All around us, massive amounts of increasingly complex data are being generated and collected, for instance, from mobile devices, cameras, cars, houses, offices, cities, and satellites. Business, research, government, communities, and families can use that data to make informed and rational decisions that lead to better outcomes. It is impossible for any one individual or group of individuals to keep on top of all the relevant data: there is simply far too much. Data science enables us to analyse large amounts of data effectively and efficiently and as a result has become one of the fastest growing career areas.
Previously, data science was the province of experts in maths and computer science, but the advent of new techniques and increases in computing power mean that it is now viable for non-experts to learn how to access, clean, analyse, and visualize complex data. There is thus a growing opportunity for those already in possession of knowledge about a particular subject or discipline, and who are therefore able to grasp the full meaning and significance of data in their area, to be able to undertake data analysis intelligently themselves. The combination of primary domain knowledge with an expertise in extracting relevant information from data will give those with this ‘double-threat’ a significant employment advantage.
Introductory modules are designed to bring students who are complete beginners and will require no prior knowledge of mathematics or programming up to speed with the background necessary for data science. This is done on a need-to-know basis, focusing on understanding in practice rather than abstract theory. Data Science core modules will include an introduction to mathematics for Data Science, statistical modelling (in R), computer programming (in Python), machine learning, AI and neural networks.
In addition to that Data Science core, you will also take a module in Digital Humanities which will explore the application of quantitative and computational methods to cultural data: languages, literary, philosophical and theological texts, historical data, artifacts and material culture, visual art, video and music. Alternatively, you may take a traditional MA module in your area of interest (subject to departmental approval and timetabling).
Optional modules allow students to focus on an area of interest.
The Master of Data Science (Digital Humanities) MDS degree at Durham University provides training in relevant areas of contemporary data science in a supportive research-led interdisciplinary learning environment. The broad aims are:
- To develop advanced and systematic understanding of the complexity of data, including the sources of data relevant to science, alongside appropriate analysis techniques
- To enable students to critically review and apply relevant data science knowledge to practical situations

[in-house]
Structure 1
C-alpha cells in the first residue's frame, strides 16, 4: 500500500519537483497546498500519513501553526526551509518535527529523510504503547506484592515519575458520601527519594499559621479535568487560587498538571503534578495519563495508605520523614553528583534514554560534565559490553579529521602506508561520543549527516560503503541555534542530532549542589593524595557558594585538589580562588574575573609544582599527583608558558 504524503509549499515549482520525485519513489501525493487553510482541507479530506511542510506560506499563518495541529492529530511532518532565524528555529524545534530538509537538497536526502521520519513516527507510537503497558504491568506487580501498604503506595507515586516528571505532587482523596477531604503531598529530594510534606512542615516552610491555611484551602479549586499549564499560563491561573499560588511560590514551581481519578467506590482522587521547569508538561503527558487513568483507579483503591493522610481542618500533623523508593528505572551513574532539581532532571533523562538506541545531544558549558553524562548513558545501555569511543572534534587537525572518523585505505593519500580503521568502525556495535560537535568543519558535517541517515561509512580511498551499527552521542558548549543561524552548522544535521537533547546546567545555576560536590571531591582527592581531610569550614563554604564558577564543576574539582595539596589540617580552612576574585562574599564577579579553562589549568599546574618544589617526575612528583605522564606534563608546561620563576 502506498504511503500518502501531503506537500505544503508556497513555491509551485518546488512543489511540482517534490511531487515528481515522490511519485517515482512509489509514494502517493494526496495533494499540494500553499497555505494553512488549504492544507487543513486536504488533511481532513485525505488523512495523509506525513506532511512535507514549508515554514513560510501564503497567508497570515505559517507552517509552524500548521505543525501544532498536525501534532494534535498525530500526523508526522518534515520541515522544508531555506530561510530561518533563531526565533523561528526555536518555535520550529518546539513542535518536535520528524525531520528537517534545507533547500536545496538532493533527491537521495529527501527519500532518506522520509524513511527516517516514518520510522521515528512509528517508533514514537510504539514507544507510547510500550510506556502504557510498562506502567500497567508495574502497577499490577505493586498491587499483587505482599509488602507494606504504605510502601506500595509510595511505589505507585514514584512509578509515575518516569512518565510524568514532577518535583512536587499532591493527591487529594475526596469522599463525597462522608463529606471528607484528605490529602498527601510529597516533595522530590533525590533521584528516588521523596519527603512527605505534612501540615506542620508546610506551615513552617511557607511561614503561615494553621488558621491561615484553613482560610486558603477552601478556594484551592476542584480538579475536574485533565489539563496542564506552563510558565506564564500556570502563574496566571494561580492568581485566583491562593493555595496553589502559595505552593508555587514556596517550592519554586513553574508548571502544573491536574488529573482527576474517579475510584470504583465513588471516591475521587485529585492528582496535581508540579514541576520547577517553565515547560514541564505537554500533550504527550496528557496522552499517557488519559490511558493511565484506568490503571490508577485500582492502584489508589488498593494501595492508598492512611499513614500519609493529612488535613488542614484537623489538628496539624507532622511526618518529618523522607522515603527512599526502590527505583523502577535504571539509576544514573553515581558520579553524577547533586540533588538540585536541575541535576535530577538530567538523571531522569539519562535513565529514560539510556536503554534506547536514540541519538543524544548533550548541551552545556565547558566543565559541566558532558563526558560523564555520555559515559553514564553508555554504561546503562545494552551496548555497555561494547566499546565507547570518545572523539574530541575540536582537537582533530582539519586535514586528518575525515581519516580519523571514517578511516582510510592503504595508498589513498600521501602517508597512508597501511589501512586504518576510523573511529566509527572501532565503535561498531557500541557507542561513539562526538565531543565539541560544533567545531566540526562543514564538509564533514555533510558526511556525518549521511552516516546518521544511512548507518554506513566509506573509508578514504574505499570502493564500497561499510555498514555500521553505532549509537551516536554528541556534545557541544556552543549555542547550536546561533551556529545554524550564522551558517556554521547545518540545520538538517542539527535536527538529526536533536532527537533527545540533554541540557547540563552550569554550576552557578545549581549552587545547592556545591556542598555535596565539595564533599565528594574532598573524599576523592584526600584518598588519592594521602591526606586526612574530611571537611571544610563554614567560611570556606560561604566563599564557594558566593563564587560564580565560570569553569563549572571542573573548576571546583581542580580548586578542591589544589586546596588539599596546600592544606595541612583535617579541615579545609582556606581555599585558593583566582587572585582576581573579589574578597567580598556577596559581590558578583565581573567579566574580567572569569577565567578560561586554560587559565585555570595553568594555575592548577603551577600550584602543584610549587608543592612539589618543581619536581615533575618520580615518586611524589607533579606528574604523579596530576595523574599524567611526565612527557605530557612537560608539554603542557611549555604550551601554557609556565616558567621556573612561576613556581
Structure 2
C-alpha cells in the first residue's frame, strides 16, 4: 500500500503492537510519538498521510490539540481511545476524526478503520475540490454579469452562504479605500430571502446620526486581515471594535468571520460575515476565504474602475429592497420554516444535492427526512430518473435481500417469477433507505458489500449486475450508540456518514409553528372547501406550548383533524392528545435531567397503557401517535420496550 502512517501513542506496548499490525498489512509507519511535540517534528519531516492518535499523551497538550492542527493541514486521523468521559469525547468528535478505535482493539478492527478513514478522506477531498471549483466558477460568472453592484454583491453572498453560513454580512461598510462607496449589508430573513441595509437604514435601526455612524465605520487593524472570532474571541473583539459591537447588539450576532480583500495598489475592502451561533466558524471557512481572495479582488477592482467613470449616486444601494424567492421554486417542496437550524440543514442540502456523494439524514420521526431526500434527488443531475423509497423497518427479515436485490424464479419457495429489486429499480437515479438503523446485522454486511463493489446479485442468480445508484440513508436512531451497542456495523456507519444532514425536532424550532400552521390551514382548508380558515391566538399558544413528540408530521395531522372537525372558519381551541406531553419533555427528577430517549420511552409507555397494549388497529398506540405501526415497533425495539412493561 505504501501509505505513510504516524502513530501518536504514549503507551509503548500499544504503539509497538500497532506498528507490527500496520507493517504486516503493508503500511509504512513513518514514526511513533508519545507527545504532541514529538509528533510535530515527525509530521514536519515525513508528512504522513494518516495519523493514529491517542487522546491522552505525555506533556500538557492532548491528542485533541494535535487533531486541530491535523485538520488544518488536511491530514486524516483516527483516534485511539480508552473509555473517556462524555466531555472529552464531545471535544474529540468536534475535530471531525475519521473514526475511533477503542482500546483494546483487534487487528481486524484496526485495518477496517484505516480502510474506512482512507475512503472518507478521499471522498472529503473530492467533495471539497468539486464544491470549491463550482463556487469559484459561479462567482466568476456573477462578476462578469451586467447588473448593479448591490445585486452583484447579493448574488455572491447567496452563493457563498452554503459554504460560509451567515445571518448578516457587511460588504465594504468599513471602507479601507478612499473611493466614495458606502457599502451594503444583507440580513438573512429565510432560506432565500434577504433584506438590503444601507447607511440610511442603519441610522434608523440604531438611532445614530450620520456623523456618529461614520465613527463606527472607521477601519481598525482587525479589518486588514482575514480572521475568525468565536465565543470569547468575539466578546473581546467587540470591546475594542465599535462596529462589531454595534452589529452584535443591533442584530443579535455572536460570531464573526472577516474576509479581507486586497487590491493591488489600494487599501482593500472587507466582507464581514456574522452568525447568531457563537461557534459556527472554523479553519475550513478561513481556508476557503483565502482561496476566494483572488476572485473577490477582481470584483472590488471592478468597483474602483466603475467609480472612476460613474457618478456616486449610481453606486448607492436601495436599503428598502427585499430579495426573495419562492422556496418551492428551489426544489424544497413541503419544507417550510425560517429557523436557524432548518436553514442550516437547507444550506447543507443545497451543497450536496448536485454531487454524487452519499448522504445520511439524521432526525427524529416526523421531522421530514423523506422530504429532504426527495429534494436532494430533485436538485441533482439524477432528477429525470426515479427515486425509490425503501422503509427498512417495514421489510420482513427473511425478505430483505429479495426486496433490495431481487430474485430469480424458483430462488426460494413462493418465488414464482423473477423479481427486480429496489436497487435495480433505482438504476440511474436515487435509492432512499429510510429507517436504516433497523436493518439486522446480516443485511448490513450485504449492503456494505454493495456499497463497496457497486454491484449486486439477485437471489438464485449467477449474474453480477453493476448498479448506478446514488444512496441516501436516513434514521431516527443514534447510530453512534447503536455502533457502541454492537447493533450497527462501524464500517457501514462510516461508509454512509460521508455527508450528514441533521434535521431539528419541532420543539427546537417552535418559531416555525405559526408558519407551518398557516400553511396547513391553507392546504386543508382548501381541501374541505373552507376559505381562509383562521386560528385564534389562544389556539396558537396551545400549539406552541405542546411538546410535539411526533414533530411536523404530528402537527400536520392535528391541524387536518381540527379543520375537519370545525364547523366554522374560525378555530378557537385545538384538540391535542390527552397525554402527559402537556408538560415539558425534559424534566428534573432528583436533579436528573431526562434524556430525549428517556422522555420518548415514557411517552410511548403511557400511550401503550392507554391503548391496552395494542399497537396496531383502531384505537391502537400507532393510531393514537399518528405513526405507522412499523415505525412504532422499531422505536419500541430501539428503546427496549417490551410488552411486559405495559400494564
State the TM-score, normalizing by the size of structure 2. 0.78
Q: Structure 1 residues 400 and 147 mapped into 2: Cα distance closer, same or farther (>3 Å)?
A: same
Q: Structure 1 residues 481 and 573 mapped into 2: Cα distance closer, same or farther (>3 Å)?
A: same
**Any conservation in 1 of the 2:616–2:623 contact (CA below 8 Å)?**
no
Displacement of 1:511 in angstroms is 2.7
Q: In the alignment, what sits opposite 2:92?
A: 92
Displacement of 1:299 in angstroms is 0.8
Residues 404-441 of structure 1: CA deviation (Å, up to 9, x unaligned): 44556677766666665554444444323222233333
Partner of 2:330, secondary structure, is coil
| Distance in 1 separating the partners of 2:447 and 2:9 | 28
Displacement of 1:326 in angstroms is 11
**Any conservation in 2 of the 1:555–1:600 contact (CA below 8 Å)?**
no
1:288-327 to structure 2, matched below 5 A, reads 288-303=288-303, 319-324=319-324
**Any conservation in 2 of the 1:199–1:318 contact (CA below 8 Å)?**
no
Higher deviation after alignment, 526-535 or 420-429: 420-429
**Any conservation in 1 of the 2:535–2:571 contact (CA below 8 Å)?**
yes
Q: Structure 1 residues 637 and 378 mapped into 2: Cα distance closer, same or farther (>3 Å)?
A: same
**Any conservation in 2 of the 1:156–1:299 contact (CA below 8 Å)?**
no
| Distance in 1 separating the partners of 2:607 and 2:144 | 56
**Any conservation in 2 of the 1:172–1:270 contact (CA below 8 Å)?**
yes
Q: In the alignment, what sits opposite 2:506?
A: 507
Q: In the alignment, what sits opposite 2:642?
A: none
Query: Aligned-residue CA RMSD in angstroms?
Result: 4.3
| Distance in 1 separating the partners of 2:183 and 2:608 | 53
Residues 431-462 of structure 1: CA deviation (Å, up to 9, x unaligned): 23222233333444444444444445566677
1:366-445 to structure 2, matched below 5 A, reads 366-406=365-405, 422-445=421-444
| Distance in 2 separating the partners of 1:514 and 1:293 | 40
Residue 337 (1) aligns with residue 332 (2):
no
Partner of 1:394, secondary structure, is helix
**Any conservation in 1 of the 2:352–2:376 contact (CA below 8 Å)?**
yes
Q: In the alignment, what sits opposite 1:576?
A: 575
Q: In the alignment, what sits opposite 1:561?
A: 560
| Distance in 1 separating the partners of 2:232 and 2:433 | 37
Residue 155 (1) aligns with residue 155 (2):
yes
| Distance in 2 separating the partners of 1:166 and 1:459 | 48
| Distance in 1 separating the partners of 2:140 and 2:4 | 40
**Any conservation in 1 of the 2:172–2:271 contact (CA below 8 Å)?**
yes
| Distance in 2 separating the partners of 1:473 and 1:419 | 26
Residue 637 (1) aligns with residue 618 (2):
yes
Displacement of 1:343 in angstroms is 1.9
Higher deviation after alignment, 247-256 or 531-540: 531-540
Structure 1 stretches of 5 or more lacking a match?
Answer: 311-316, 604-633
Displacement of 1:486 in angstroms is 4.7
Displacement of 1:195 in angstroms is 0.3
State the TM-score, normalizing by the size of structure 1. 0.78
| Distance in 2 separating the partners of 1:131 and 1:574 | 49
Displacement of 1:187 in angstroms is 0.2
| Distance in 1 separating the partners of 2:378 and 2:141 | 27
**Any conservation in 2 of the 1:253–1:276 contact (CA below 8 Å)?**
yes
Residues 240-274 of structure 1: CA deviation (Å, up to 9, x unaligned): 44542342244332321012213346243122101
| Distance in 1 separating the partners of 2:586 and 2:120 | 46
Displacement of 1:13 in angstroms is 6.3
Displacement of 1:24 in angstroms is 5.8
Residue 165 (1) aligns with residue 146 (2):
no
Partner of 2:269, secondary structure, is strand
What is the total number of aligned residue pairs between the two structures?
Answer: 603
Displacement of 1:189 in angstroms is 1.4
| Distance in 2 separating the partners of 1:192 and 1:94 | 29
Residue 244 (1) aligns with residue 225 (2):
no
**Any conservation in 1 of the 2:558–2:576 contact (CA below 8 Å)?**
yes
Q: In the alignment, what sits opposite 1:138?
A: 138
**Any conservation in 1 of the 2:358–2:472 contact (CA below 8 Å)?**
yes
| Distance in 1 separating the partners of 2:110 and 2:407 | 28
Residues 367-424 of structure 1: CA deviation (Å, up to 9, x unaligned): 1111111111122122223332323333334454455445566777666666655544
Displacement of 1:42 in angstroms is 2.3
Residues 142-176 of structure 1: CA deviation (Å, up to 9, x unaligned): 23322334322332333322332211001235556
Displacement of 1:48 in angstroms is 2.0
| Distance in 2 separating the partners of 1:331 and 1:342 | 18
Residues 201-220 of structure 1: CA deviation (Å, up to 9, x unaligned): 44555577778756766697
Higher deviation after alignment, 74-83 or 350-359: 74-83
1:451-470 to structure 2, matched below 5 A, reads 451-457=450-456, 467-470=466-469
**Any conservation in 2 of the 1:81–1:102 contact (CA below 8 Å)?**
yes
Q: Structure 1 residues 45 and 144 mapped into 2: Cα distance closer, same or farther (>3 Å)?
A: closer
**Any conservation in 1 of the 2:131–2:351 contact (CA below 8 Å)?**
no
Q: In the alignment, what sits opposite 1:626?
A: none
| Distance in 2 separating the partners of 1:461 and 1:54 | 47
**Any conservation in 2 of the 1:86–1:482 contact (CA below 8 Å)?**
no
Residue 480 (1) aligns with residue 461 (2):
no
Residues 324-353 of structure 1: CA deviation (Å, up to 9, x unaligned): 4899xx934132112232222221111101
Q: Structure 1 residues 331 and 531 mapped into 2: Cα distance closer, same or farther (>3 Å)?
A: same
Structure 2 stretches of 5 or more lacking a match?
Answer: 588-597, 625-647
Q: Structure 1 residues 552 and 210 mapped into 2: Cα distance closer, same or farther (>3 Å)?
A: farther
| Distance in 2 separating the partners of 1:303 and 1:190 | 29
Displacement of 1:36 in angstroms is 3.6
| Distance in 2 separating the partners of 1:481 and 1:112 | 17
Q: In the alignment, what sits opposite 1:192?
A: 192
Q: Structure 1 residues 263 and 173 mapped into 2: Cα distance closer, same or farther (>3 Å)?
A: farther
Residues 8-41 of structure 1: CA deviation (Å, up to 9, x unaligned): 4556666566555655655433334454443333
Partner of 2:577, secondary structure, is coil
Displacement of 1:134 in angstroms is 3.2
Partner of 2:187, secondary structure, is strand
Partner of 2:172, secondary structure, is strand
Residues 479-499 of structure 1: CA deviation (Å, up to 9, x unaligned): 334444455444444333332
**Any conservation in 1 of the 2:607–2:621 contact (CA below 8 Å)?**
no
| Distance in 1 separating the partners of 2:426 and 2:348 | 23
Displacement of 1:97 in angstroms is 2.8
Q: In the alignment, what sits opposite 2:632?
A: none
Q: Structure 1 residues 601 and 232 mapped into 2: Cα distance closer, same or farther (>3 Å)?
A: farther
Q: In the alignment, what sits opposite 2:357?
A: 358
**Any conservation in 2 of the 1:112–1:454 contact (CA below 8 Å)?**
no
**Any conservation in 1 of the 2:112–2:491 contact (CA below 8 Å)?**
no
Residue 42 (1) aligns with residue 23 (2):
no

- To develop a critical awareness of current issues in data science which is informed by leading edge research and practice in the field
- To develop a conceptual understanding of existing research and scholarship to enable the identification of new or revised approaches to data science practice
- To develop creativity in the application of knowledge, together with a practical understanding of how established, advanced techniques of research and enquiry are used to develop and interpret knowledge in data science
- To develop the ability to conduct research into data science issues that requires familiarity with a range of data, research sources and appropriate methodologies and ethical issues.
- To develop advanced conceptual abilities and analytical skills in order to evaluate the rigour and validity of published research and assess its relevance to new situations
- To extend the ability to communicate effectively both orally and in writing, using a range of media.
The course is designed around a pedagogical framework which reflects the core categories of the data science discipline.
Course StructureCore modules:
The Master of Data Science (Digital Humanities) degree is comprised of the following core modules:
- Machine Learning
- Programming for Data Science
- Mathematics for Data Science
- Digital Humanities: Theory and Practice
- Research Project
- Ethics and Bias in Data Analytics
- Text Mining and Language Analytics
- Data Exploration, Visualization, and Unsupervised Learning
- Strategic Leadership.
- 12 months
Start dates & application deadlines
- StartingApply anytime.
DisciplinesMathematics Data Science & Big Data View 226 other Masters in Mathematics in United Kingdom
Subject requirements, level and grade
A UK first or upper second class honours degree or equivalent in ANY degree that is not highly quantitative, including those in social sciences, the arts and humanities
Evidence of competence in written and spoken English if the applicant’s first language is not English:
- minimum TOEFL requirement is 102 IBT (no element under 23)
- minimum IELTS score is 7.0 overall with no element under 6.0 or equivalent
International26900 GBP/yearTuition FeeBased on the tuition of 26900 GBP per year during 12 months.
National11600 GBP/yearTuition FeeBased on the tuition of 11600 GBP per year during 12 months.
Part Time Fees
- EU students: £6,380 per year
- Island students students: £14,795 per year
Living costs for Durham
The living costs include the total expenses per month, covering accommodation, public transportation, utilities (electricity, internet), books and groceries.
Studyportals Tip: Students can search online for independent or external scholarships that can help fund their studies. Check the scholarships to see whether you are eligible to apply. Many scholarships are either merit-based or needs-based.
Apply and win up to €10000 to cover your tuition fees.
Updated in the last 9 months
Check the official programme website for potential updates.